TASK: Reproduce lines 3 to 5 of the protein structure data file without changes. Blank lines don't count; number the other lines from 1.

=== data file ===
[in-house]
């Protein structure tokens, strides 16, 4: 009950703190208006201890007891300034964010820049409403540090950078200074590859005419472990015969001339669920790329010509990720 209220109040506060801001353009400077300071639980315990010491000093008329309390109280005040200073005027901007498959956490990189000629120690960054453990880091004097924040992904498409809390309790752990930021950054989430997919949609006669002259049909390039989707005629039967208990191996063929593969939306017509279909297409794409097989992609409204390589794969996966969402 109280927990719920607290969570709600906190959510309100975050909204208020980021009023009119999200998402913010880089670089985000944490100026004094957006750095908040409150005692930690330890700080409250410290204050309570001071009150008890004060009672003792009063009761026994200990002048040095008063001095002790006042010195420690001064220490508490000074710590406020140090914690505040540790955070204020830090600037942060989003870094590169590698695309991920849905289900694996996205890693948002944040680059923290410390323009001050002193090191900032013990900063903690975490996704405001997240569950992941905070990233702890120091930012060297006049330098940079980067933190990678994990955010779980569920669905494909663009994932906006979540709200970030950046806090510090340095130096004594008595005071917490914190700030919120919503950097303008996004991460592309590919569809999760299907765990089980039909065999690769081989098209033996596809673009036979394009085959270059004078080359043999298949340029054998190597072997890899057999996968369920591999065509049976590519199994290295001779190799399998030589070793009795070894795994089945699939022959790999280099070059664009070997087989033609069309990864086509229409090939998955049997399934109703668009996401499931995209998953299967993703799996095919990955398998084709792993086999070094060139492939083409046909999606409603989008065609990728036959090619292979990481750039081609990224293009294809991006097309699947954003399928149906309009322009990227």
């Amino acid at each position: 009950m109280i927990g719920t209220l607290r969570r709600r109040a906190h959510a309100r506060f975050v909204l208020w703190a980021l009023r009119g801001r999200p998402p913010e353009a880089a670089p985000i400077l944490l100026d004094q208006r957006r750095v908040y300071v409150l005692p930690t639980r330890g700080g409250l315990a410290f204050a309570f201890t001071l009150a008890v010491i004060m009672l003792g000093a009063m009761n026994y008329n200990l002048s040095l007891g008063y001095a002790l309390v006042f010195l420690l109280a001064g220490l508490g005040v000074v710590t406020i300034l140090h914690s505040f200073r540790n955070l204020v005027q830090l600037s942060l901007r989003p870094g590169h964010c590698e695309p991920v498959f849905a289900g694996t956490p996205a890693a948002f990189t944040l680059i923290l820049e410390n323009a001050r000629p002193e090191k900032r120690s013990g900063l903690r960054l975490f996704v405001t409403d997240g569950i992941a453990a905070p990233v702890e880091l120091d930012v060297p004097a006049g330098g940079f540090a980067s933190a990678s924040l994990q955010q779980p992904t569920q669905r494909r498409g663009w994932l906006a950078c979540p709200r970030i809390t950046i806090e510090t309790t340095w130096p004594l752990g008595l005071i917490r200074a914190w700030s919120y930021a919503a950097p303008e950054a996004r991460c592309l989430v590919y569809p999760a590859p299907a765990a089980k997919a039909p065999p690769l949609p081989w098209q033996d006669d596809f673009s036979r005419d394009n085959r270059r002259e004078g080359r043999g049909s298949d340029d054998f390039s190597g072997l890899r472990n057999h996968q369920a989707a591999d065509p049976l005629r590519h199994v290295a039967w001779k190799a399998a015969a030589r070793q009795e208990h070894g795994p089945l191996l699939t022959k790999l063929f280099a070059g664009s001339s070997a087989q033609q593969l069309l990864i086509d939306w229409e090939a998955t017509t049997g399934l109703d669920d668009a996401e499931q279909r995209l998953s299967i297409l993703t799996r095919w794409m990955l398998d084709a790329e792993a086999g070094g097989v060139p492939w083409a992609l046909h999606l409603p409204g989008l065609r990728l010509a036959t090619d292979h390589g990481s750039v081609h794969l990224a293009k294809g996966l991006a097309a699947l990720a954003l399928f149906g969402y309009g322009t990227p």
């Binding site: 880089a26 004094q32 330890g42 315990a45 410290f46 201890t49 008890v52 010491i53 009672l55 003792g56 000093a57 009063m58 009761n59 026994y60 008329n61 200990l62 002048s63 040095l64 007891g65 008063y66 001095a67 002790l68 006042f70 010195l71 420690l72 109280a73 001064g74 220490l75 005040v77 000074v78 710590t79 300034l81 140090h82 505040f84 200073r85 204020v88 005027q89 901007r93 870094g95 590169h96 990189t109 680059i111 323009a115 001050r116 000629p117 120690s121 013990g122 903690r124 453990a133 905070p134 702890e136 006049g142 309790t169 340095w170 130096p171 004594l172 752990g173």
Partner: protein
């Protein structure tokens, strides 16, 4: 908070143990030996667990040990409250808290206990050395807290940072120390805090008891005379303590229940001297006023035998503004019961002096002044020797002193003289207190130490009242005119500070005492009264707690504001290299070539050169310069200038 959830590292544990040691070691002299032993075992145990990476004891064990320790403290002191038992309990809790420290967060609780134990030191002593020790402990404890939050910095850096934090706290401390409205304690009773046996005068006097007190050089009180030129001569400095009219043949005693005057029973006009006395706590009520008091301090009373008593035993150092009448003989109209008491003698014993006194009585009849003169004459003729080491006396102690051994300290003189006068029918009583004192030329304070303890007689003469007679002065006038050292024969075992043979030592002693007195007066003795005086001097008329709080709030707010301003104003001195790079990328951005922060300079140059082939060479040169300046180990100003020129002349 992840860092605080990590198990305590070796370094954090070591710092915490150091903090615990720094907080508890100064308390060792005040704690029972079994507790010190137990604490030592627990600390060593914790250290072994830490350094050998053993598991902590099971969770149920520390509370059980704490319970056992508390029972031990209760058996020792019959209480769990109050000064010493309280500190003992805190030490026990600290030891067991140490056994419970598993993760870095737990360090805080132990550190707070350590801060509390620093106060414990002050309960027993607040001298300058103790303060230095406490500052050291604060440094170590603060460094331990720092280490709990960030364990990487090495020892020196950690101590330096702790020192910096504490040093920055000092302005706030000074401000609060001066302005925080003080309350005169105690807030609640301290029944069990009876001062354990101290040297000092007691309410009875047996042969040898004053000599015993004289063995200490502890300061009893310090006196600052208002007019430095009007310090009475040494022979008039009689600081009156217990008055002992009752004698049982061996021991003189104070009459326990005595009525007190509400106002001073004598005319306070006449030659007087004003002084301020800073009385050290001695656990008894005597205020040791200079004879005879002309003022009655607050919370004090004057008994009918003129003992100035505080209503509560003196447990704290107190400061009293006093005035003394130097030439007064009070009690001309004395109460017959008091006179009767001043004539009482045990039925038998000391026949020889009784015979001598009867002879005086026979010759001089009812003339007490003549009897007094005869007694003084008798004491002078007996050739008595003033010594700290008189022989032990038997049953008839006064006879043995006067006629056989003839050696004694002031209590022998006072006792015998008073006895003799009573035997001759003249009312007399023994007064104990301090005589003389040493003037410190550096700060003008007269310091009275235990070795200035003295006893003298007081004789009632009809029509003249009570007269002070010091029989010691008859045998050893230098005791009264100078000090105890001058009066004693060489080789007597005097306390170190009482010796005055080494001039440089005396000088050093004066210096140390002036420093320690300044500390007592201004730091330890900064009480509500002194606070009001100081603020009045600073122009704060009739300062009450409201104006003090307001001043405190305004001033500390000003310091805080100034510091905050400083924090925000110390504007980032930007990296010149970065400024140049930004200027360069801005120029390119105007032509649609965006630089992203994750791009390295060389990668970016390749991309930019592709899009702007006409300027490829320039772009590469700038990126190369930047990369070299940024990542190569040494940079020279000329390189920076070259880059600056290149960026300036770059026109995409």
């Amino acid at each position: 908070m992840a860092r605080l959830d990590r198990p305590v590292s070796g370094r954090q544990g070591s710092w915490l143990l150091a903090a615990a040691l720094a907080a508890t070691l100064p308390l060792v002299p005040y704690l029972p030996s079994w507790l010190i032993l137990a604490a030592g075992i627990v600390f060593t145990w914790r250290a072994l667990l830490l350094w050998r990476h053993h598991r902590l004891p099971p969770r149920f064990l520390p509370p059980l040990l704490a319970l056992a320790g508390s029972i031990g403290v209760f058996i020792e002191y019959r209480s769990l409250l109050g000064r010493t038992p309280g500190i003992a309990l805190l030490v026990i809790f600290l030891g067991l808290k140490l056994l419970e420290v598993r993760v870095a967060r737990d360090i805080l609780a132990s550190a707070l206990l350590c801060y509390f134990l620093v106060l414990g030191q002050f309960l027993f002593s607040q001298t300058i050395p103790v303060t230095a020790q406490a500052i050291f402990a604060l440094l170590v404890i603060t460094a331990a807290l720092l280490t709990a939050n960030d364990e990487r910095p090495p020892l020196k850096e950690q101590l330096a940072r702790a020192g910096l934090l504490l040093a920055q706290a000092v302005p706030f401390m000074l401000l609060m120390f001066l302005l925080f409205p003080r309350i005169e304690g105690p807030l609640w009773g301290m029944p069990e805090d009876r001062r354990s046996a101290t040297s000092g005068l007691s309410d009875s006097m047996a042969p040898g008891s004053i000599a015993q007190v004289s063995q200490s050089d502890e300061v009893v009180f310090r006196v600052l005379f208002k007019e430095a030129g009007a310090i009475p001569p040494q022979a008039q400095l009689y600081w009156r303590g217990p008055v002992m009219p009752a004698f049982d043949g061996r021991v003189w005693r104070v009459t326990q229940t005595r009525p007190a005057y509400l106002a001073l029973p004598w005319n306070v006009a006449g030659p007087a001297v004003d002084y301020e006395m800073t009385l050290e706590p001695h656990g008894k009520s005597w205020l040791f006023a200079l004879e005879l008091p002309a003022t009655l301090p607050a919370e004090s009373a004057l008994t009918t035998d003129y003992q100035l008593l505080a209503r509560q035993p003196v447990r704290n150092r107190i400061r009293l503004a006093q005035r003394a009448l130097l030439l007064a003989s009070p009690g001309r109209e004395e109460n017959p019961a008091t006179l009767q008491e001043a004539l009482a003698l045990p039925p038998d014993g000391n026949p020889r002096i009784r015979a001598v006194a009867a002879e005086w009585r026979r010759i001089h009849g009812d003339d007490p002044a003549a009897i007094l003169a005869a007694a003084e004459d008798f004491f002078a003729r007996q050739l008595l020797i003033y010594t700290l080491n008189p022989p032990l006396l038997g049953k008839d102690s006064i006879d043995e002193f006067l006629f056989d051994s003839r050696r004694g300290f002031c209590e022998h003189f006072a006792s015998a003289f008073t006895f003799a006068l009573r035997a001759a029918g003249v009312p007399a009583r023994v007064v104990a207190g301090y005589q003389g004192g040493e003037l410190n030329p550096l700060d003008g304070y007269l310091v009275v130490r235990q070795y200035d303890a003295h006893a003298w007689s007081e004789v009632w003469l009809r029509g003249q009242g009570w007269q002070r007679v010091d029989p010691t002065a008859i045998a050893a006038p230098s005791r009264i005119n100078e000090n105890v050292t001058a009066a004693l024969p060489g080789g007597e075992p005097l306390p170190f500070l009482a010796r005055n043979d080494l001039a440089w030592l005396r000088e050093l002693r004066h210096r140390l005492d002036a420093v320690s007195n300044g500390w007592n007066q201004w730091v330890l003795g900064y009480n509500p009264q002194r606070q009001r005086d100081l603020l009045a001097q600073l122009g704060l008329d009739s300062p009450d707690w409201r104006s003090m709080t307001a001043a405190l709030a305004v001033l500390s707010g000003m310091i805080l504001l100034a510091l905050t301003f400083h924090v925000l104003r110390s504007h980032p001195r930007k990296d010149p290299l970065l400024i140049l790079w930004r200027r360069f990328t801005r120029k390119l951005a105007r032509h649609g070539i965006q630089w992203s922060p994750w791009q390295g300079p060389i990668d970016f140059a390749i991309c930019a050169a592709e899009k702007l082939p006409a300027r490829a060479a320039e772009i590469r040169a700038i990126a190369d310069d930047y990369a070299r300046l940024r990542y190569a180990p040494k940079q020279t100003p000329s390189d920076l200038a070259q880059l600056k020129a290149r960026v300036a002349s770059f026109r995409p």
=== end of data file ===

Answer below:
């Amino acid at each position: 009950m109280i927990g719920t209220l607290r969570r709600r109040a906190h959510a309100r506060f975050v909204l208020w703190a980021l009023r009119g801001r999200p998402p913010e353009a880089a670089p985000i400077l944490l100026d004094q208006r957006r750095v908040y300071v409150l005692p930690t639980r330890g700080g409250l315990a410290f204050a309570f201890t001071l009150a008890v010491i004060m009672l003792g000093a009063m009761n026994y008329n200990l002048s040095l007891g008063y001095a002790l309390v006042f010195l420690l109280a001064g220490l508490g005040v000074v710590t406020i300034l140090h914690s505040f200073r540790n955070l204020v005027q830090l600037s942060l901007r989003p870094g590169h964010c590698e695309p991920v498959f849905a289900g694996t956490p996205a890693a948002f990189t944040l680059i923290l820049e410390n323009a001050r000629p002193e090191k900032r120690s013990g900063l903690r960054l975490f996704v405001t409403d997240g569950i992941a453990a905070p990233v702890e880091l120091d930012v060297p004097a006049g330098g940079f540090a980067s933190a990678s924040l994990q955010q779980p992904t569920q669905r494909r498409g663009w994932l906006a950078c979540p709200r970030i809390t950046i806090e510090t309790t340095w130096p004594l752990g008595l005071i917490r200074a914190w700030s919120y930021a919503a950097p303008e950054a996004r991460c592309l989430v590919y569809p999760a590859p299907a765990a089980k997919a039909p065999p690769l949609p081989w098209q033996d006669d596809f673009s036979r005419d394009n085959r270059r002259e004078g080359r043999g049909s298949d340029d054998f390039s190597g072997l890899r472990n057999h996968q369920a989707a591999d065509p049976l005629r590519h199994v290295a039967w001779k190799a399998a015969a030589r070793q009795e208990h070894g795994p089945l191996l699939t022959k790999l063929f280099a070059g664009s001339s070997a087989q033609q593969l069309l990864i086509d939306w229409e090939a998955t017509t049997g399934l109703d669920d668009a996401e499931q279909r995209l998953s299967i297409l993703t799996r095919w794409m990955l398998d084709a790329e792993a086999g070094g097989v060139p492939w083409a992609l046909h999606l409603p409204g989008l065609r990728l010509a036959t090619d292979h390589g990481s750039v081609h794969l990224a293009k294809g996966l991006a097309a699947l990720a954003l399928f149906g969402y309009g322009t990227p």
């Binding site: 880089a26 004094q32 330890g42 315990a45 410290f46 201890t49 008890v52 010491i53 009672l55 003792g56 000093a57 009063m58 009761n59 026994y60 008329n61 200990l62 002048s63 040095l64 007891g65 008063y66 001095a67 002790l68 006042f70 010195l71 420690l72 109280a73 001064g74 220490l75 005040v77 000074v78 710590t79 300034l81 140090h82 505040f84 200073r85 204020v88 005027q89 901007r93 870094g95 590169h96 990189t109 680059i111 323009a115 001050r116 000629p117 120690s121 013990g122 903690r124 453990a133 905070p134 702890e136 006049g142 309790t169 340095w170 130096p171 004594l172 752990g173």
Partner: protein